notta

ESXI Home Lab Questions

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I am setting up an ESXI home lab and I'm having a brain fart here. I have my ESXI (6.5) installed on an Dell R710. I want my lab network to be separated from my home network which is the standard 192.168.1. I'm going to make my lab network something like 192.168.150. How do I get internet access on my lab systems as my router is 192.168.1.1 and I cannot see that network when I'm on 192.168.150. I have a Linksys 1900 router and a Dell Power Connect switch. I know I have to setup a separate network on the ESXI and my R710 has plenty of Ethernet ports available. Any guidance would be appreciated.

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is the Dell switch managed or dumb? where are the subnets set, exactly? perhaps you can change the mask from /24 to /16...

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Thanks for the response. It's somewhat dumb. It's a Dell Power Connect 2724. Been an absolutely great switch.

 

Well it seems I need another router to put the test lab behind. I then have a cable from the WAN port on the second router to switch 1. Since the second router only has 4 ports I guess this is also going to require me to get a second switch for behind the second router. Then my question becomes how do I access the test lab network from my main machine on the second floor? I guess I need a second NIC in my main machine to go to the second router or second switch? Could I also VLAN a single port on switch 1 to the second router? That would eliminate the need for a new run from the second floor? Or nm, that won't route right? I know this is basic network stuff but you think you know this stuff in theory but when you actually go to implement it, that's an entirely different story.

Edited by notta

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14 hours ago, notta said:

Linksys 1900 router

With such a crappy soho router you most likely can not run downstream networks, and unless you have some 3rd party firmware can not do it.  Does it support actual routing?  Can it do vlans and firewall rules between the vlans?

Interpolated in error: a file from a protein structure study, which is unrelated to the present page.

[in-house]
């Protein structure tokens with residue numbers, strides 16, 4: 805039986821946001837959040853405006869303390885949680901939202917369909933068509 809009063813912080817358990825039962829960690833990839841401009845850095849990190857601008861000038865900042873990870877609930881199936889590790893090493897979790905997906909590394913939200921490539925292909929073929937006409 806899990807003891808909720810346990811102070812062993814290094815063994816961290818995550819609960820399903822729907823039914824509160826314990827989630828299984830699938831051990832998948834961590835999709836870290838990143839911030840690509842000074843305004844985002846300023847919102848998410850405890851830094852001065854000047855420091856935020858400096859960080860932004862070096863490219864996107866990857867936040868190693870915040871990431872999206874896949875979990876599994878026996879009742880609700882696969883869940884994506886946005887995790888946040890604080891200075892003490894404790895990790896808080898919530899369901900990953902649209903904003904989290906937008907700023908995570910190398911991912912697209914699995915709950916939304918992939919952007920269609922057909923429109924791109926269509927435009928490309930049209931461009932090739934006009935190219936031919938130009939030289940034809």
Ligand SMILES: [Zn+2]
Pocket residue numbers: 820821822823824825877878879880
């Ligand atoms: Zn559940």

Is this esxi box going to be on all the time?  If so you could actually run a real router on your esxi, say pfsense or smoothwall or ipcop, etc.  I would highly suggest pfsense.  You could then just use pfsense as your internet router and route/firewall between any local networks you want to run..

 

Then you could use your linksys as just AP for wifi, or better yet get a real AP that also supports vlans.  If your wanting to setup a lab and start to isolate stuff you most likely will want a smart switch that can do vlans as well.  You can partly do isolation with just natting soho routers - but it would be a ###### setup.. and very limited into what you cold do and play with.

 

If you want I can throw together a simple drawing of how I have my home network setup, I have like 8 different network segments running both ipv4 and ipv6 with pfsense running as vm on my esxi host (6.5)..

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Thanks Bud. I actually already have your diagram up as we speak :) I've had it a while. Could you recommend some good hardware? I don't mind spending a little money. I don't like to do anything half ass :) I just purchased a VMUG license and a MSDN Pro license to get my all the software I need for the test lab. When I say test lab, I mean test/functional.

 

I already have an SFF Optiplex 790 with a 4-port NIC already installed with Pfsense installed, but  I have not had a chance to work on it. The rules are going to take time to setup so I will do that at a later date.

 

Sorry forgot to answer your question. The lab is mainly going to be on when I'm at home. When I go to work I will shut down VCenter and ESXI host. No need to waste power. If I get some type of Minecraft Server or MOHAA Server running it may stay up full time. I also have another R710 that I would like to add for clustering so I can fool with HA, but as I said power is a concern of mine and it's not a priority.

Edited by notta

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whatever drawing you might have is quite old at this point - been some major changes ;)

 

So if your running pfsense on hardware already.. You would really just need a decent vlan capable switch, and then possible some real AP if you want to do more than just 1 network of wifi.

 

As to switch, I am a huge fan of the cisco sg300 line, or you could go with the unifi switches they seem to be very capable from a feature set point of view and not all that costly.  Comes down to the port density you need/want, etc.

 

As to AP, unifi all the way!!  They just rock for the price point.. They even just enabled up to 8 ssids per band as well..

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If it's not too much work I would love to see a new diagram :) With subnets would be great.